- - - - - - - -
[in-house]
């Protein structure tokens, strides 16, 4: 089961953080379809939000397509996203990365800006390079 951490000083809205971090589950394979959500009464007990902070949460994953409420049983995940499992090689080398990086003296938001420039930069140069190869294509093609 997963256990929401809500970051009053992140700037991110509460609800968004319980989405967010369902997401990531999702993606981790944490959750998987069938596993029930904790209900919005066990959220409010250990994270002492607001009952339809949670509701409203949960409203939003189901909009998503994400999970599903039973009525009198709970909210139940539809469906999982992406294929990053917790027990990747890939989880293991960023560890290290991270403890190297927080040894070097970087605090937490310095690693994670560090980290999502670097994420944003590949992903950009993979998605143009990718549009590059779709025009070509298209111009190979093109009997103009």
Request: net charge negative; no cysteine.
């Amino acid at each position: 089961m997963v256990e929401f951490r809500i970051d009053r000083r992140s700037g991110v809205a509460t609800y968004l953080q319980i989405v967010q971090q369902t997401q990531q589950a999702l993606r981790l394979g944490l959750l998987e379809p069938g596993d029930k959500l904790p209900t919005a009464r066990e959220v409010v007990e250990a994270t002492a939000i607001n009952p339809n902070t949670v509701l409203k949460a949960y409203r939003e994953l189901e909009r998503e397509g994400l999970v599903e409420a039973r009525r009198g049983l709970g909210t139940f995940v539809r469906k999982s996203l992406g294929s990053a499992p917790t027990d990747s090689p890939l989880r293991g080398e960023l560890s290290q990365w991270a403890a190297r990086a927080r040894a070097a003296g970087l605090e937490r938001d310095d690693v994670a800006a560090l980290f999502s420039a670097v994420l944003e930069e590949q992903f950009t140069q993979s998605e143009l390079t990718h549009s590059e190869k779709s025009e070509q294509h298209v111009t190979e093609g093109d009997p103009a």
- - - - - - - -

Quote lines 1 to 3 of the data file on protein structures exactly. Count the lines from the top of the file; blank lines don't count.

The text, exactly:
[in-house]
């Protein structure tokens, strides 16, 4: 089961953080379809939000397509996203990365800006390079 951490000083809205971090589950394979959500009464007990902070949460994953409420049983995940499992090689080398990086003296938001420039930069140069190869294509093609 997963256990929401809500970051009053992140700037991110509460609800968004319980989405967010369902997401990531999702993606981790944490959750998987069938596993029930904790209900919005066990959220409010250990994270002492607001009952339809949670509701409203949960409203939003189901909009998503994400999970599903039973009525009198709970909210139940539809469906999982992406294929990053917790027990990747890939989880293991960023560890290290991270403890190297927080040894070097970087605090937490310095690693994670560090980290999502670097994420944003590949992903950009993979998605143009990718549009590059779709025009070509298209111009190979093109009997103009």
Request: net charge negative; no cysteine.